But now, a new threat to Tarcutta’s woodland is emerging: tree dieback due to climate change. By 2090, modelling shows that Tarcutta’s climate will more closely resemble the climates of lower-rainfall areas further north such as Dubbo and Parkes.

If that eventuates, it’s likely many of the trees, and therefore birds, on Tarcutta Hills would suffer. And while Matt hasn’t seen any clear evidence of dieback on the reserve yet, he has noticed what he calls “early warning signs” in other parts of south-eastern Australia.

Ecologist Matt Appleby amongst the woodlands at Tarcutta Hills Reserve. Photo Annette Ruzicka.
Ecologist Matt Appleby amongst the woodlands at Tarcutta Hills Reserve. Photo Annette Ruzicka.
In preparation for such a future, Bush Heritage is planning to revegetate a small part of the reserve with ‘non-local provenance seedlings’ – germinated from Mugga Ironbark and White Box seed taken from drier regions of NSW – as well as local provenance seedlings of the same species.

The hope is that the seedlings taken from drier climates will be better adapted to cope with Tarcutta’s drier future. As Matt says: “It doesn’t mean we expect that these non-local provenance trees will take over. What we actually expect to see is the pollen of those trees mixing with what’s already there and improving, in the long-run, the genetic stock of the area.”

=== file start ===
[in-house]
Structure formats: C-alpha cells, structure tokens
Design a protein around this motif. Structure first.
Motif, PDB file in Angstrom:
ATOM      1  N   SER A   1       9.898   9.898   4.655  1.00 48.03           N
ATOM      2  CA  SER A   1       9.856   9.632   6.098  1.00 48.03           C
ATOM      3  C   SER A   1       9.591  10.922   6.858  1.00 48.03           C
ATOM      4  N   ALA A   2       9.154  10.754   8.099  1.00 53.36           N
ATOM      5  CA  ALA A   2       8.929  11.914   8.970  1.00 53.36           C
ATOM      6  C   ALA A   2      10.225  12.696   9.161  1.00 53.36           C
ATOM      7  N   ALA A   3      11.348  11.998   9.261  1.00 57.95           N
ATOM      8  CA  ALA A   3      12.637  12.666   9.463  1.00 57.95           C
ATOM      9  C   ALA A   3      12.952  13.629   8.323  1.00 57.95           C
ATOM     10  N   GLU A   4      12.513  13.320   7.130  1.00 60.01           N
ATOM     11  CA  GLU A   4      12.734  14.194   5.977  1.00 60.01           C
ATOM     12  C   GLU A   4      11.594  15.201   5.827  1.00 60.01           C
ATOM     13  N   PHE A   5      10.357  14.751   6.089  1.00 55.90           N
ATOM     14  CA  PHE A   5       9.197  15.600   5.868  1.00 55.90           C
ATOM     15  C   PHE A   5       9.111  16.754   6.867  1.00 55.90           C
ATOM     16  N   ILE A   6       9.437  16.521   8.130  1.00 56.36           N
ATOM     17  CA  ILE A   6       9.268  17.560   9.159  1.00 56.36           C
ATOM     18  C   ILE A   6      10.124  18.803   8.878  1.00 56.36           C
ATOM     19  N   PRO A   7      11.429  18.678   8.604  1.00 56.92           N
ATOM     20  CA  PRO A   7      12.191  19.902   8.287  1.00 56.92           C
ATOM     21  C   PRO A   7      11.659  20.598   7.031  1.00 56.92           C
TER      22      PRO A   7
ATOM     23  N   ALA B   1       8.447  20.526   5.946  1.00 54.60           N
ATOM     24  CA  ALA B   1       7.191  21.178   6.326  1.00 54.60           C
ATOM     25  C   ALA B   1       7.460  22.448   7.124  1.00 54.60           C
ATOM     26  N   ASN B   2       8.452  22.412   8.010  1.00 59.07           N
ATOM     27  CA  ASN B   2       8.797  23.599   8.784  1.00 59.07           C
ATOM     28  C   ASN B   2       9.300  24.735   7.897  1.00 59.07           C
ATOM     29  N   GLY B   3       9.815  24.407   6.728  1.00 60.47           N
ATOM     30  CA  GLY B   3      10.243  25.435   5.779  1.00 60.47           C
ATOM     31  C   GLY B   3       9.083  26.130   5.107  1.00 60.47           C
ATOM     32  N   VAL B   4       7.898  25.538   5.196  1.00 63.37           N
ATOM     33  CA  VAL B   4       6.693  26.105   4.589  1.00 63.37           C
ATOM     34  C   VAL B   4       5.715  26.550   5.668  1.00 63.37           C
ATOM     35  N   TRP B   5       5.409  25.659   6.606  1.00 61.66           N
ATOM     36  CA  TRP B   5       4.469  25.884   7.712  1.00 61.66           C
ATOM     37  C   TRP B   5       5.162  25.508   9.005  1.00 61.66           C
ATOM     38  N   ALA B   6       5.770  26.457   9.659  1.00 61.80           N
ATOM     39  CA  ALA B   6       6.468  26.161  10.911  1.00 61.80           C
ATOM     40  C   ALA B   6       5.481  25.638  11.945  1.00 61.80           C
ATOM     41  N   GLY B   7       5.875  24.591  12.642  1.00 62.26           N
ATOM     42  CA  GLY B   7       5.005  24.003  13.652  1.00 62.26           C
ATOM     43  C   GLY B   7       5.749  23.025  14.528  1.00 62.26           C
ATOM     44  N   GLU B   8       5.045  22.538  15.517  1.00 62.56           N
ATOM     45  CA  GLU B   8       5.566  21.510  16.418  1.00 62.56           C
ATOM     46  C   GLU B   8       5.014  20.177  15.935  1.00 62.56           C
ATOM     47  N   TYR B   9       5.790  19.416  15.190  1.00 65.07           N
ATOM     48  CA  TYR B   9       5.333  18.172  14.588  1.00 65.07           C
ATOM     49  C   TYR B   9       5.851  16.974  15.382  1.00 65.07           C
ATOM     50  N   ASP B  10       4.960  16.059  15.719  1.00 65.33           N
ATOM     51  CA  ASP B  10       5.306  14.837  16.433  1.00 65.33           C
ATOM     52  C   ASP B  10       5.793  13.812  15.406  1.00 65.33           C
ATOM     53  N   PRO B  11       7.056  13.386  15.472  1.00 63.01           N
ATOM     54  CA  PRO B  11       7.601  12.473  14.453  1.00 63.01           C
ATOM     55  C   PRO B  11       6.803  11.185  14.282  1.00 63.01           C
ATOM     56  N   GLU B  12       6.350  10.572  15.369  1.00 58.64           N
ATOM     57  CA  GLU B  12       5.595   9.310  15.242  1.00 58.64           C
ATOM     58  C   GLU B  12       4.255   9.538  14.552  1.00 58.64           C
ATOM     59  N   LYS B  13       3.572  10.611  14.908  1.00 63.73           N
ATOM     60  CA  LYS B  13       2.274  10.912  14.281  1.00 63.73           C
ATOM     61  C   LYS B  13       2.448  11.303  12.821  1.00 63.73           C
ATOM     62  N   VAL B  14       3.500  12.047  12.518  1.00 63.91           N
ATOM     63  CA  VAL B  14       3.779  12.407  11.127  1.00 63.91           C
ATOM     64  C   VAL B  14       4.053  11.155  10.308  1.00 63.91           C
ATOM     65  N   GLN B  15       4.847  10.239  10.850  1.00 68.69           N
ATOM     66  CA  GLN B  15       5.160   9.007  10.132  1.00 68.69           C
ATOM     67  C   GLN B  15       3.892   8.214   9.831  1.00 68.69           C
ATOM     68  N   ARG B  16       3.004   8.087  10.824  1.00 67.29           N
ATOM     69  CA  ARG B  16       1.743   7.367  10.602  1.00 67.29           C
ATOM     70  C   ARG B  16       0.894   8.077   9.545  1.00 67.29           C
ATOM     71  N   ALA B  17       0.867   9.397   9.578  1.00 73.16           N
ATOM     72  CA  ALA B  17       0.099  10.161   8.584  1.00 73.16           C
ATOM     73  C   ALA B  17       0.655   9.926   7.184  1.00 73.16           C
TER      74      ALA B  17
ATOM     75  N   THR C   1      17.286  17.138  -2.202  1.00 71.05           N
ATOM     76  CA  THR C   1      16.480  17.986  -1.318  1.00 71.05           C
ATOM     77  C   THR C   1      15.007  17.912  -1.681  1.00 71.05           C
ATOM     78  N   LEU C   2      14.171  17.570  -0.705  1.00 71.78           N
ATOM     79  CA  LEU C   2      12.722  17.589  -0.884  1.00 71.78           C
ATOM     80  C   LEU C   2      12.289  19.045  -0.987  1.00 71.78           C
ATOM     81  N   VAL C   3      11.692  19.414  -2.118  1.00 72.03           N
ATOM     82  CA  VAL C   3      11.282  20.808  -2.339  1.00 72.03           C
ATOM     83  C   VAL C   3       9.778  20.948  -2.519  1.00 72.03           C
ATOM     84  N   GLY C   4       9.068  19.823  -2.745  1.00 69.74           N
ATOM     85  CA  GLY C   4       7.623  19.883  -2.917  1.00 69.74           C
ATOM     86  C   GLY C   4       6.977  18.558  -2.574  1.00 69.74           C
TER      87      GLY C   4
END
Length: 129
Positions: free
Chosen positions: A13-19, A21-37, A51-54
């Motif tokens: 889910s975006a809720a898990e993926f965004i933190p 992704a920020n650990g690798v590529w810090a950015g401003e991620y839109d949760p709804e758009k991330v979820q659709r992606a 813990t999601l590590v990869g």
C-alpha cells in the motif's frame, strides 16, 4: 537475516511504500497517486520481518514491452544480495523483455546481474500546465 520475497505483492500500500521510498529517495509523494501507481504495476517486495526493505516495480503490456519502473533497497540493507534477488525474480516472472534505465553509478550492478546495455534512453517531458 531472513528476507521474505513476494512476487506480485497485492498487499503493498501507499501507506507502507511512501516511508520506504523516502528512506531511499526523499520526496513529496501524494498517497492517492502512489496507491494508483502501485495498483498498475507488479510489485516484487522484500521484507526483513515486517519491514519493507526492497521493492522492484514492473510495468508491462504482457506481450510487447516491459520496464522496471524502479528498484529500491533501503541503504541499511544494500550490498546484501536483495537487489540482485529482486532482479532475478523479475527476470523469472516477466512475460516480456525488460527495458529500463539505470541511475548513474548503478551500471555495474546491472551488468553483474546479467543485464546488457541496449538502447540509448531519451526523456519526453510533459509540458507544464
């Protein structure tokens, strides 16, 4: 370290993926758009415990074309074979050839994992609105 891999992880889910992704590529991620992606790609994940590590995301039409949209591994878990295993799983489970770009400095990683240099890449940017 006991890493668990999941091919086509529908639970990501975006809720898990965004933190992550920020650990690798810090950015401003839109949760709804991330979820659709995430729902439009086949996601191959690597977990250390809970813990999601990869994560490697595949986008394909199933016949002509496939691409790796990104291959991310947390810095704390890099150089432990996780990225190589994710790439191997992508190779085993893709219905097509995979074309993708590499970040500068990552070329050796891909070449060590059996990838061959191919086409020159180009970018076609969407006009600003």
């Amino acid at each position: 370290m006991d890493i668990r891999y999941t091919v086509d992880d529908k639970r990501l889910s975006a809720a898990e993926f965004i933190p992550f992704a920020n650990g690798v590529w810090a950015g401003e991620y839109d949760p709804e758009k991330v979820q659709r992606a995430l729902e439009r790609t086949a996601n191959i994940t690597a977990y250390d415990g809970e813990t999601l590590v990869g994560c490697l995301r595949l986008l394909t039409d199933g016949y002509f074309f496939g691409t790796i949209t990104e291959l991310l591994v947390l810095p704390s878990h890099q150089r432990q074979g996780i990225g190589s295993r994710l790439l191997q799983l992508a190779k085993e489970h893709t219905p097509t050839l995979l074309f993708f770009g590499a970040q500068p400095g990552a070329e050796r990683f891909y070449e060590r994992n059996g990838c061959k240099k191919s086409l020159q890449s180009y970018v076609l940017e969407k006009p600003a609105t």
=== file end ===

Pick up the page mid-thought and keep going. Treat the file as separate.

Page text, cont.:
For the Swift Parrot, as well as many other birds, this forward-planning could prove vital. When dieback does occur on the reserve, the birds will need alternative trees in which they can forage and nest immediately. And since it takes many decades for a seedling to reach that point of maturity, there’s no time to waste.

“We’ve got to get started and do something now,” says Matt. “There are 14 threatened bird species on Tarcutta Hills that depend on eucalypts. If those eucalypts suddenly or gradually disappear, then what happens to your bird population? They will also disappear.”

Funding for the planting of non-local provenance species on Tarcutta Hills comes from the NSW Environmental Trust’s ‘Saving Our Swift Parrot’ project.